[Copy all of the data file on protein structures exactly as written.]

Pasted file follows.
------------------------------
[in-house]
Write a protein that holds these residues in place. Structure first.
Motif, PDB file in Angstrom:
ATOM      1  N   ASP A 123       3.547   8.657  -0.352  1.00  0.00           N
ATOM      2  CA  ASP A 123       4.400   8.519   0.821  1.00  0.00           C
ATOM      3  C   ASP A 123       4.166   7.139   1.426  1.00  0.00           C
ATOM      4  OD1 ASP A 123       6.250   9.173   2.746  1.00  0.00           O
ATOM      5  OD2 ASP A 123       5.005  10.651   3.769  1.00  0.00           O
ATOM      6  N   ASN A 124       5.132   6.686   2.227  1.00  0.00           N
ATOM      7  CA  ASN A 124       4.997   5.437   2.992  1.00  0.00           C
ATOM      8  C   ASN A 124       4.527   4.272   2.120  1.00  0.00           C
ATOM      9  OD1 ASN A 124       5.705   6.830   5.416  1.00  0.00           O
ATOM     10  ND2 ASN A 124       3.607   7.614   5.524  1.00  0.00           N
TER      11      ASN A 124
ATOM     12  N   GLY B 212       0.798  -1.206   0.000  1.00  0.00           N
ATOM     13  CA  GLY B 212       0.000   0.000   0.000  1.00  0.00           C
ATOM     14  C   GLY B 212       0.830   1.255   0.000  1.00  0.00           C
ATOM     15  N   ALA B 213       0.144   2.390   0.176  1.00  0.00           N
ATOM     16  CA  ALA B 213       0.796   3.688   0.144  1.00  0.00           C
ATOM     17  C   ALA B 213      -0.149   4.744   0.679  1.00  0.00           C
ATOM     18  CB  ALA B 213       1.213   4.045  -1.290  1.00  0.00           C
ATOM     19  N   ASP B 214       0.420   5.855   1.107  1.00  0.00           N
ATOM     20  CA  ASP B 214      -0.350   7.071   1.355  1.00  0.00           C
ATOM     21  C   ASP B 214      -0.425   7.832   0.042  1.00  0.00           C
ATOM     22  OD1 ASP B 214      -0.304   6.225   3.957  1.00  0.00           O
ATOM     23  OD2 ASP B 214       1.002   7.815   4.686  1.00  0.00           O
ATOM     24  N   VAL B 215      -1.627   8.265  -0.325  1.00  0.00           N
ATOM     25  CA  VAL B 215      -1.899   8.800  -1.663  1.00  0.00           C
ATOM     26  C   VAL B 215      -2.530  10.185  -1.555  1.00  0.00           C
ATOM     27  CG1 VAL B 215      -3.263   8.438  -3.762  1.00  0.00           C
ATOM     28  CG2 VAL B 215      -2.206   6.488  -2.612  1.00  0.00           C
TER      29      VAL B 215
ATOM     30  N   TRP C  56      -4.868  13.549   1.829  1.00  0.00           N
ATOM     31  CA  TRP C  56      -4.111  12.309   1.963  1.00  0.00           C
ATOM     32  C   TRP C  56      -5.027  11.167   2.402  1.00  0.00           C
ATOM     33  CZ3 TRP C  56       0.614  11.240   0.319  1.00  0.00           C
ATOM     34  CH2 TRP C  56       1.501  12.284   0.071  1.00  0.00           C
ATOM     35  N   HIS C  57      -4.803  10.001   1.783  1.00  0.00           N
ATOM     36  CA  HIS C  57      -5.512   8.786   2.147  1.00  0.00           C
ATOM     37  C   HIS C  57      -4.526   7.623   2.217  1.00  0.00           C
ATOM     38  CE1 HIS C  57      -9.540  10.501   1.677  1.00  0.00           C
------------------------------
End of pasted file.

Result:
[in-house]
Write a protein that holds these residues in place. Structure first.
Motif, PDB file in Angstrom:
ATOM      1  N   ASP A 123       3.547   8.657  -0.352  1.00  0.00           N
ATOM      2  CA  ASP A 123       4.400   8.519   0.821  1.00  0.00           C
ATOM      3  C   ASP A 123       4.166   7.139   1.426  1.00  0.00           C
ATOM      4  OD1 ASP A 123       6.250   9.173   2.746  1.00  0.00           O
ATOM      5  OD2 ASP A 123       5.005  10.651   3.769  1.00  0.00           O
ATOM      6  N   ASN A 124       5.132   6.686   2.227  1.00  0.00           N
ATOM      7  CA  ASN A 124       4.997   5.437   2.992  1.00  0.00           C
ATOM      8  C   ASN A 124       4.527   4.272   2.120  1.00  0.00           C
ATOM      9  OD1 ASN A 124       5.705   6.830   5.416  1.00  0.00           O
ATOM     10  ND2 ASN A 124       3.607   7.614   5.524  1.00  0.00           N
TER      11      ASN A 124
ATOM     12  N   GLY B 212       0.798  -1.206   0.000  1.00  0.00           N
ATOM     13  CA  GLY B 212       0.000   0.000   0.000  1.00  0.00           C
ATOM     14  C   GLY B 212       0.830   1.255   0.000  1.00  0.00           C
ATOM     15  N   ALA B 213       0.144   2.390   0.176  1.00  0.00           N
ATOM     16  CA  ALA B 213       0.796   3.688   0.144  1.00  0.00           C
ATOM     17  C   ALA B 213      -0.149   4.744   0.679  1.00  0.00           C
ATOM     18  CB  ALA B 213       1.213   4.045  -1.290  1.00  0.00           C
ATOM     19  N   ASP B 214       0.420   5.855   1.107  1.00  0.00           N
ATOM     20  CA  ASP B 214      -0.350   7.071   1.355  1.00  0.00           C
ATOM     21  C   ASP B 214      -0.425   7.832   0.042  1.00  0.00           C
ATOM     22  OD1 ASP B 214      -0.304   6.225   3.957  1.00  0.00           O
ATOM     23  OD2 ASP B 214       1.002   7.815   4.686  1.00  0.00           O
ATOM     24  N   VAL B 215      -1.627   8.265  -0.325  1.00  0.00           N
ATOM     25  CA  VAL B 215      -1.899   8.800  -1.663  1.00  0.00           C
ATOM     26  C   VAL B 215      -2.530  10.185  -1.555  1.00  0.00           C
ATOM     27  CG1 VAL B 215      -3.263   8.438  -3.762  1.00  0.00           C
ATOM     28  CG2 VAL B 215      -2.206   6.488  -2.612  1.00  0.00           C
TER      29      VAL B 215
ATOM     30  N   TRP C  56      -4.868  13.549   1.829  1.00  0.00           N
ATOM     31  CA  TRP C  56      -4.111  12.309   1.963  1.00  0.00           C
ATOM     32  C   TRP C  56      -5.027  11.167   2.402  1.00  0.00           C
ATOM     33  CZ3 TRP C  56       0.614  11.240   0.319  1.00  0.00           C
ATOM     34  CH2 TRP C  56       1.501  12.284   0.071  1.00  0.00           C
ATOM     35  N   HIS C  57      -4.803  10.001   1.783  1.00  0.00           N
ATOM     36  CA  HIS C  57      -5.512   8.786   2.147  1.00  0.00           C
ATOM     37  C   HIS C  57      -4.526   7.623   2.217  1.00  0.00           C
ATOM     38  CE1 HIS C  57      -9.540  10.501   1.677  1.00  0.00           C